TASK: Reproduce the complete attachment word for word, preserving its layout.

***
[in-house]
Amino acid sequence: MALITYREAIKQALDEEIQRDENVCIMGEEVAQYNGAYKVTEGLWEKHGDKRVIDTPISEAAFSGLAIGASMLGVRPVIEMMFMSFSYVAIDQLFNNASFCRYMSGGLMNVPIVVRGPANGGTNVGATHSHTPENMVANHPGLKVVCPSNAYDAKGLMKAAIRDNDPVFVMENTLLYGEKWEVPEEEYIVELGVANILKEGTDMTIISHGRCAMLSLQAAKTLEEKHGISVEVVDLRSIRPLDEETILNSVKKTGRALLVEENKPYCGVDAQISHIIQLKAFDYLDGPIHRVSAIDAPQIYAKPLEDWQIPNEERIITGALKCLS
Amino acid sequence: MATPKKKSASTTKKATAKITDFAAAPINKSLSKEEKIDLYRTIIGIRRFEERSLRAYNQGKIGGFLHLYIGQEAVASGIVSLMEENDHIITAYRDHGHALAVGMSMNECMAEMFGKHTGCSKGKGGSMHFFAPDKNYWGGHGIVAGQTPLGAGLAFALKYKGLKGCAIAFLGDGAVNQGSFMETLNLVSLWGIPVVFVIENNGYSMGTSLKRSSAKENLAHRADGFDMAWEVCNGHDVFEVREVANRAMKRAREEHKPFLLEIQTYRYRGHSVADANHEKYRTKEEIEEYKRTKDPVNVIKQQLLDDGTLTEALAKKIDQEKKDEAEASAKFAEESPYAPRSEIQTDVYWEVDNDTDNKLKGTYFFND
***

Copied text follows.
[in-house]
Amino acid sequence: MALITYREAIKQALDEEIQRDENVCIMGEEVAQYNGAYKVTEGLWEKHGDKRVIDTPISEAAFSGLAIGASMLGVRPVIEMMFMSFSYVAIDQLFNNASFCRYMSGGLMNVPIVVRGPANGGTNVGATHSHTPENMVANHPGLKVVCPSNAYDAKGLMKAAIRDNDPVFVMENTLLYGEKWEVPEEEYIVELGVANILKEGTDMTIISHGRCAMLSLQAAKTLEEKHGISVEVVDLRSIRPLDEETILNSVKKTGRALLVEENKPYCGVDAQISHIIQLKAFDYLDGPIHRVSAIDAPQIYAKPLEDWQIPNEERIITGALKCLS
Amino acid sequence: MATPKKKSASTTKKATAKITDFAAAPINKSLSKEEKIDLYRTIIGIRRFEERSLRAYNQGKIGGFLHLYIGQEAVASGIVSLMEENDHIITAYRDHGHALAVGMSMNECMAEMFGKHTGCSKGKGGSMHFFAPDKNYWGGHGIVAGQTPLGAGLAFALKYKGLKGCAIAFLGDGAVNQGSFMETLNLVSLWGIPVVFVIENNGYSMGTSLKRSSAKENLAHRADGFDMAWEVCNGHDVFEVREVANRAMKRAREEHKPFLLEIQTYRYRGHSVADANHEKYRTKEEIEEYKRTKDPVNVIKQQLLDDGTLTEALAKKIDQEKKDEAEASAKFAEESPYAPRSEIQTDVYWEVDNDTDNKLKGTYFFND